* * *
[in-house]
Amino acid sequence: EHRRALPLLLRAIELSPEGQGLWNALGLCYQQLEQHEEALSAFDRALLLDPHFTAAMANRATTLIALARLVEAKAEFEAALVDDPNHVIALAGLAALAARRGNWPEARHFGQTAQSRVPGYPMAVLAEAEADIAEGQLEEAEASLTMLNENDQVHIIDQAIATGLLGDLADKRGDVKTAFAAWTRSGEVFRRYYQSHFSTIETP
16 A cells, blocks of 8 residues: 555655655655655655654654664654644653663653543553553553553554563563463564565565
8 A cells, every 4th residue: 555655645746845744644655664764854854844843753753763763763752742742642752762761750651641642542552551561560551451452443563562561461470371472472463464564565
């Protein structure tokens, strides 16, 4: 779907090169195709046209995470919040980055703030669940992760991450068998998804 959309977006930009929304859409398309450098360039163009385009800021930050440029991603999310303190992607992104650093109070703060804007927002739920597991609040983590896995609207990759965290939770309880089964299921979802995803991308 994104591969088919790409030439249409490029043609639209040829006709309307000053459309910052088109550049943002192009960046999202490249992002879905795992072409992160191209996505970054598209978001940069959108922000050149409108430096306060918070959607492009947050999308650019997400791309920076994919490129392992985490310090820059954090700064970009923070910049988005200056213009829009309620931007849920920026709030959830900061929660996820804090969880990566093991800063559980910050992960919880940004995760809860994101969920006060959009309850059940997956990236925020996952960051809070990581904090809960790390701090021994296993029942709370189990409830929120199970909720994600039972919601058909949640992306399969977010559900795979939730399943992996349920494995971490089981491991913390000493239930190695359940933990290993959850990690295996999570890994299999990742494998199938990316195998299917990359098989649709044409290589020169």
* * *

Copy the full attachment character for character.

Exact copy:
[in-house]
Amino acid sequence: EHRRALPLLLRAIELSPEGQGLWNALGLCYQQLEQHEEALSAFDRALLLDPHFTAAMANRATTLIALARLVEAKAEFEAALVDDPNHVIALAGLAALAARRGNWPEARHFGQTAQSRVPGYPMAVLAEAEADIAEGQLEEAEASLTMLNENDQVHIIDQAIATGLLGDLADKRGDVKTAFAAWTRSGEVFRRYYQSHFSTIETP
16 A cells, blocks of 8 residues: 555655655655655655654654664654644653663653543553553553553554563563463564565565
8 A cells, every 4th residue: 555655645746845744644655664764854854844843753753763763763752742742642752762761750651641642542552551561560551451452443563562561461470371472472463464564565
């Protein structure tokens, strides 16, 4: 779907090169195709046209995470919040980055703030669940992760991450068998998804 959309977006930009929304859409398309450098360039163009385009800021930050440029991603999310303190992607992104650093109070703060804007927002739920597991609040983590896995609207990759965290939770309880089964299921979802995803991308 994104591969088919790409030439249409490029043609639209040829006709309307000053459309910052088109550049943002192009960046999202490249992002879905795992072409992160191209996505970054598209978001940069959108922000050149409108430096306060918070959607492009947050999308650019997400791309920076994919490129392992985490310090820059954090700064970009923070910049988005200056213009829009309620931007849920920026709030959830900061929660996820804090969880990566093991800063559980910050992960919880940004995760809860994101969920006060959009309850059940997956990236925020996952960051809070990581904090809960790390701090021994296993029942709370189990409830929120199970909720994600039972919601058909949640992306399969977010559900795979939730399943992996349920494995971490089981491991913390000493239930190695359940933990290993959850990690295996999570890994299999990742494998199938990316195998299917990359098989649709044409290589020169």